Antiretrovirals could stop HIV epidemic – optimism or realism?

Widespread use of currently available antiretrovirals could reduce the HIV epidemic, a group of mathematicians claims, but their paper may open a debate on the value of mathematical models in predicting disease trends.

Treatment of HIV infection with antiretroviral agents can increase the life expectancy of HIV-positive individuals. However, the impact of drugs on the HIV epidemic is hard to measure since any reduction in transmission of HIV resulting from lower plasma levels of the virus may be off-set by increases in risky behaviour. A study published in The Lancet Infectious Diseases this month attempts to weigh up the risks and benefits of treatment at the epidemic level, using a mathematical equation.

Velasco-Hernandez and colleagues, working in the San Francisco gay community, calculated the average number of new infections generated by one HIV case during his lifetime. The probability that sexual transmission of HIV occurs during a sexual partnership, the average number of new sexual partners, and the average duration of infectiousness, were all taken into account. Antiretrovirals were assumed to be available for all individuals, and strains resistant to these drugs were able to evolve and be transmitted.

The authors conclude that even in a high-prevalence epidemic, HIV could be eradicated using currently available antiretrovirals. If risky sexual behaviour decreased, the average number of new infections generated by each HIV-positive individual would be less than one, meaning that the epidemic would eventually peter out.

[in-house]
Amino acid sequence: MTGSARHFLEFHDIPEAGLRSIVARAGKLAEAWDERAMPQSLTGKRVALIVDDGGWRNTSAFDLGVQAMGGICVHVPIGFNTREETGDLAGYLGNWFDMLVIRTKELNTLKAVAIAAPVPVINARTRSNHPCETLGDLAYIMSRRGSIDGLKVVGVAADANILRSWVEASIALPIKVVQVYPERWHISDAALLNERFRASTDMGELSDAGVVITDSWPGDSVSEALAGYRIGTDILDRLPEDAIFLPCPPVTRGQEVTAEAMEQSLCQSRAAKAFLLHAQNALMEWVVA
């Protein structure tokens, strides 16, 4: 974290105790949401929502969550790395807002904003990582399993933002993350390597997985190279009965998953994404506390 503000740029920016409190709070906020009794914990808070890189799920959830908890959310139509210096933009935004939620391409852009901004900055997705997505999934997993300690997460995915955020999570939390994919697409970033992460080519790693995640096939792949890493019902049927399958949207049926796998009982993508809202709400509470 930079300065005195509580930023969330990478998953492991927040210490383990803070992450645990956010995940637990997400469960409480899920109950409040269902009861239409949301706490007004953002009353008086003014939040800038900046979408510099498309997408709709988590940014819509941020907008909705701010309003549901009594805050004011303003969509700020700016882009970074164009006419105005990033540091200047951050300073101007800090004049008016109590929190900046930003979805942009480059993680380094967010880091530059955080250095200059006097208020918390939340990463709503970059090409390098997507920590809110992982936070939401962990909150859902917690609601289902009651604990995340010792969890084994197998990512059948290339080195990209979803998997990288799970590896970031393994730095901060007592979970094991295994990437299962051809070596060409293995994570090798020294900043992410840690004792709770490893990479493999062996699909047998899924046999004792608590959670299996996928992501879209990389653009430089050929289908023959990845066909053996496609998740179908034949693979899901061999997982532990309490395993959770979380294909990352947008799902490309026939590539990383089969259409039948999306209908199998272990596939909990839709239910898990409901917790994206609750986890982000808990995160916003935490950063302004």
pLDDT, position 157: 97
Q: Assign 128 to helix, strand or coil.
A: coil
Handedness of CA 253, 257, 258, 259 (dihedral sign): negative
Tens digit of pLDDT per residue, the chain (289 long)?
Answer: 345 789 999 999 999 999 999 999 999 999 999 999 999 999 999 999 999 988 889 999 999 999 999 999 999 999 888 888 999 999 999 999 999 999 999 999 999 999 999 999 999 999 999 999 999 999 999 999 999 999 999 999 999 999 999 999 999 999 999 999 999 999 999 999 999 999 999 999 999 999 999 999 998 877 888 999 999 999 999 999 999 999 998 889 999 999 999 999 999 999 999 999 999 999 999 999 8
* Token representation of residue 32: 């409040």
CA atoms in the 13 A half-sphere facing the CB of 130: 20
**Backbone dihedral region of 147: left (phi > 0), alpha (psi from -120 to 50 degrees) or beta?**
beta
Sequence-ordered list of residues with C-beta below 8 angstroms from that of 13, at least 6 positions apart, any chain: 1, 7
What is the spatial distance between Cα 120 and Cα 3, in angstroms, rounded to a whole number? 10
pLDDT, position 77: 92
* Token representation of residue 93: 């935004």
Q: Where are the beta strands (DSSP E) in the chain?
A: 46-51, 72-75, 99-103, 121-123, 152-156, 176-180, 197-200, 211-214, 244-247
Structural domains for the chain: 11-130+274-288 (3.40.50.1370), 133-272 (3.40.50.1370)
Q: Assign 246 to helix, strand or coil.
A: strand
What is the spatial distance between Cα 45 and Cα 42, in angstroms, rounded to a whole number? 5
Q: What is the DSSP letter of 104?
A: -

Some may decide to take the results of the equation with a pinch of salt because the assumption made by Velasco-Hernandez and colleagues – that antiretroviral treatment lowers the amount of virus in the bloodstream by at least half, and up to 100-fold – may not be realistic. Similarly, the supposition that drug resistant strains of HIV will be less infectious needs to be verified in clinical practice.

Despite these potential flaws, the overall message from the study is that the use of antiretroviral agents should be tightly coupled with effective behavioural strategies to reduce the risk of transmission, a claim that even the most hardened critic could not challenge.


Velasco-Hernandez JX, Gershengorn HB and Blower SM. Could widespread use of combination antiretroviral therapy eradicate HIV epidemics? Lancet Infect Dis. 2002 Aug;2(8):487-93.


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